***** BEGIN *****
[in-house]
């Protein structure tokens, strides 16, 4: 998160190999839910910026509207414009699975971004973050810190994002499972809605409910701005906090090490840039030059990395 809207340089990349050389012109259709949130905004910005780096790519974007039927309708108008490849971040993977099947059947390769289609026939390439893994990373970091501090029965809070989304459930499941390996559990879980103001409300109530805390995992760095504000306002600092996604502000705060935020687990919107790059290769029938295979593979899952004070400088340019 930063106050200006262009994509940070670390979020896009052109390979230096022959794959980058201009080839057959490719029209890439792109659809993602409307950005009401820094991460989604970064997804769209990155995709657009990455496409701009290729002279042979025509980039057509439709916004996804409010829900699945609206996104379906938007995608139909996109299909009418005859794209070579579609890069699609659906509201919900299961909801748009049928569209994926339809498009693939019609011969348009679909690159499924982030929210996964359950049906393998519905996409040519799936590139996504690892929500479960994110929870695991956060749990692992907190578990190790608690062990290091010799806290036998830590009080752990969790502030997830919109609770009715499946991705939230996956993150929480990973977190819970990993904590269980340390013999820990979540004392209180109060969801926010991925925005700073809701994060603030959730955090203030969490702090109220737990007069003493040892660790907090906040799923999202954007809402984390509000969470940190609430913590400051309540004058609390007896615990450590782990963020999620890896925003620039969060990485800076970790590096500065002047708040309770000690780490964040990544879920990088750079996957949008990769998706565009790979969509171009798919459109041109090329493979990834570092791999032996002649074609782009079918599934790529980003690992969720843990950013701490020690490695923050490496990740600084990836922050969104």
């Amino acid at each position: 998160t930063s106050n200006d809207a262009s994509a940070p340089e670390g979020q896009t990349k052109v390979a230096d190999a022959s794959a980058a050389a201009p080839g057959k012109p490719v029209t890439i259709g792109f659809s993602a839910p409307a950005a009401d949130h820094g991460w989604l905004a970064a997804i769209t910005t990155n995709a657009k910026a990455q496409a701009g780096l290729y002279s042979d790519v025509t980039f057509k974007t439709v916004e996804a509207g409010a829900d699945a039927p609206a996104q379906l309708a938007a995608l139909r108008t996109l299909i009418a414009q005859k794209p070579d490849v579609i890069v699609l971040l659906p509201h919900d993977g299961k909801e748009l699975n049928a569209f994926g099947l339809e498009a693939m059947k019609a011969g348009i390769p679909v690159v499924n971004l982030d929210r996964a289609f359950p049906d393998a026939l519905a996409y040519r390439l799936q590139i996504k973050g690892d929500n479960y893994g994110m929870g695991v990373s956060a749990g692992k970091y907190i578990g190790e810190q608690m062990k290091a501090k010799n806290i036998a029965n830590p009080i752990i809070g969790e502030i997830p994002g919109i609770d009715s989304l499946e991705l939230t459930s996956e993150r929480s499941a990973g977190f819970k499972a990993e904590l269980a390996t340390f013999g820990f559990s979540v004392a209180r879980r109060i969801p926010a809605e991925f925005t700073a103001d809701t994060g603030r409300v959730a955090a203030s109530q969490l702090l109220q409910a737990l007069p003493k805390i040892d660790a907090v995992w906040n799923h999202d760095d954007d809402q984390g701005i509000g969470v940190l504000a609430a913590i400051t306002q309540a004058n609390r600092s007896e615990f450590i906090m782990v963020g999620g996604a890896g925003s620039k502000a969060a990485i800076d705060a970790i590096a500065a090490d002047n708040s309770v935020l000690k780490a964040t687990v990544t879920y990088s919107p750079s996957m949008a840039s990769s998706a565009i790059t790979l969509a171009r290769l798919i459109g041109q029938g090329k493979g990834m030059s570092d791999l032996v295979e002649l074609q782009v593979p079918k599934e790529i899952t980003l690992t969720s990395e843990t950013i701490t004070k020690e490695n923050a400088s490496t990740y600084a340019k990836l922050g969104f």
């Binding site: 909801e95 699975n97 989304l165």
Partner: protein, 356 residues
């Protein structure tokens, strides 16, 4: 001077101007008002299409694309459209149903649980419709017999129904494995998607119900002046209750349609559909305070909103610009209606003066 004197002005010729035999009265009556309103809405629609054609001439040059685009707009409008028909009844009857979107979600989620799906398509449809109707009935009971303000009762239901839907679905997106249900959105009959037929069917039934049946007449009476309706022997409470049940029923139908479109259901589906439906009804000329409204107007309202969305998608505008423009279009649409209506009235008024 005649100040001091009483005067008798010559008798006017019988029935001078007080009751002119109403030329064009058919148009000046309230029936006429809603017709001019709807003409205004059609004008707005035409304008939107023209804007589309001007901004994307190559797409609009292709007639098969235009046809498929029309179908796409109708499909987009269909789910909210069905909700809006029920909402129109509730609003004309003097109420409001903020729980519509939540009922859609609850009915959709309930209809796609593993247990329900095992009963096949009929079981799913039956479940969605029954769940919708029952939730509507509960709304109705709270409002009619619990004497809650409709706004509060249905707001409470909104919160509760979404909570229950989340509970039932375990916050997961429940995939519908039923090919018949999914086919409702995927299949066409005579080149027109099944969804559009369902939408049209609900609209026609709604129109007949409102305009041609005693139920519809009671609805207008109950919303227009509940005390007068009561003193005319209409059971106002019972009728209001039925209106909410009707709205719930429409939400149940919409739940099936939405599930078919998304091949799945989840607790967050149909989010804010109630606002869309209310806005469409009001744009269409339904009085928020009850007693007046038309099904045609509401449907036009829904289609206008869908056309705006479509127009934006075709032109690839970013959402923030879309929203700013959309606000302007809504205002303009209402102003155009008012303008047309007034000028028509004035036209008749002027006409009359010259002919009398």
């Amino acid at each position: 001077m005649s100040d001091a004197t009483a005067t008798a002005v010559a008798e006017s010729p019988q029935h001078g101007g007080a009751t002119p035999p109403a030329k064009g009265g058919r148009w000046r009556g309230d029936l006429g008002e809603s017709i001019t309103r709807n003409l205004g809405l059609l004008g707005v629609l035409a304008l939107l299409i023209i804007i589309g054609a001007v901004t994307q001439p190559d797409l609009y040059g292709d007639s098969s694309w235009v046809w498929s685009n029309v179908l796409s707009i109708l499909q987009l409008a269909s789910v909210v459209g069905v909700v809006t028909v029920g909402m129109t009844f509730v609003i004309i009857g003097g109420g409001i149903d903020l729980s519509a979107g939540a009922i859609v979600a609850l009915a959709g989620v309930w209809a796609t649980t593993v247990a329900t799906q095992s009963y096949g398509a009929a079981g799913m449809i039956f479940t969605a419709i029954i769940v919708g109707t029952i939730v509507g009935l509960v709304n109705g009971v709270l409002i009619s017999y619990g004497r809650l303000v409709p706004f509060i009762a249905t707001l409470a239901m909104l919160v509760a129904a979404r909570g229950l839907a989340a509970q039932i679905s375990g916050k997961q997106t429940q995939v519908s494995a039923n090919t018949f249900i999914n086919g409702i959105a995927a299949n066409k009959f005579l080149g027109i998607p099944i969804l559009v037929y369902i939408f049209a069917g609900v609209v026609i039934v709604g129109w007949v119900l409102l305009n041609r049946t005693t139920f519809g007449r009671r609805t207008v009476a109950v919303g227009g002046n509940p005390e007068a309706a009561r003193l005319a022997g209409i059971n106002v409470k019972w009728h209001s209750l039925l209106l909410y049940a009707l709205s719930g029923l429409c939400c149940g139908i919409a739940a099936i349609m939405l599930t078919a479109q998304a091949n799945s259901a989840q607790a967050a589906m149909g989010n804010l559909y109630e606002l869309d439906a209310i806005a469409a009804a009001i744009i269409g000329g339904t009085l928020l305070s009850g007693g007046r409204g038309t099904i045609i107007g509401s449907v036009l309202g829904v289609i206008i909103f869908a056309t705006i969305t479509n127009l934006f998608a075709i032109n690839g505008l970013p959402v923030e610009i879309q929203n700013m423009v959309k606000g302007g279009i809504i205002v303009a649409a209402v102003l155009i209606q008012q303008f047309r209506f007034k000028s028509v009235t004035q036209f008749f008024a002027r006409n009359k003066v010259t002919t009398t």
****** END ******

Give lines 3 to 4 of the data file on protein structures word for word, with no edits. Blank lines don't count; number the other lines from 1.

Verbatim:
């Amino acid at each position: 998160t930063s106050n200006d809207a262009s994509a940070p340089e670390g979020q896009t990349k052109v390979a230096d190999a022959s794959a980058a050389a201009p080839g057959k012109p490719v029209t890439i259709g792109f659809s993602a839910p409307a950005a009401d949130h820094g991460w989604l905004a970064a997804i769209t910005t990155n995709a657009k910026a990455q496409a701009g780096l290729y002279s042979d790519v025509t980039f057509k974007t439709v916004e996804a509207g409010a829900d699945a039927p609206a996104q379906l309708a938007a995608l139909r108008t996109l299909i009418a414009q005859k794209p070579d490849v579609i890069v699609l971040l659906p509201h919900d993977g299961k909801e748009l699975n049928a569209f994926g099947l339809e498009a693939m059947k019609a011969g348009i390769p679909v690159v499924n971004l982030d929210r996964a289609f359950p049906d393998a026939l519905a996409y040519r390439l799936q590139i996504k973050g690892d929500n479960y893994g994110m929870g695991v990373s956060a749990g692992k970091y907190i578990g190790e810190q608690m062990k290091a501090k010799n806290i036998a029965n830590p009080i752990i809070g969790e502030i997830p994002g919109i609770d009715s989304l499946e991705l939230t459930s996956e993150r929480s499941a990973g977190f819970k499972a990993e904590l269980a390996t340390f013999g820990f559990s979540v004392a209180r879980r109060i969801p926010a809605e991925f925005t700073a103001d809701t994060g603030r409300v959730a955090a203030s109530q969490l702090l109220q409910a737990l007069p003493k805390i040892d660790a907090v995992w906040n799923h999202d760095d954007d809402q984390g701005i509000g969470v940190l504000a609430a913590i400051t306002q309540a004058n609390r600092s007896e615990f450590i906090m782990v963020g999620g996604a890896g925003s620039k502000a969060a990485i800076d705060a970790i590096a500065a090490d002047n708040s309770v935020l000690k780490a964040t687990v990544t879920y990088s919107p750079s996957m949008a840039s990769s998706a565009i790059t790979l969509a171009r290769l798919i459109g041109q029938g090329k493979g990834m030059s570092d791999l032996v295979e002649l074609q782009v593979p079918k599934e790529i899952t980003l690992t969720s990395e843990t950013i701490t004070k020690e490695n923050a400088s490496t990740y600084a340019k990836l922050g969104f």
């Binding site: 909801e95 699975n97 989304l165």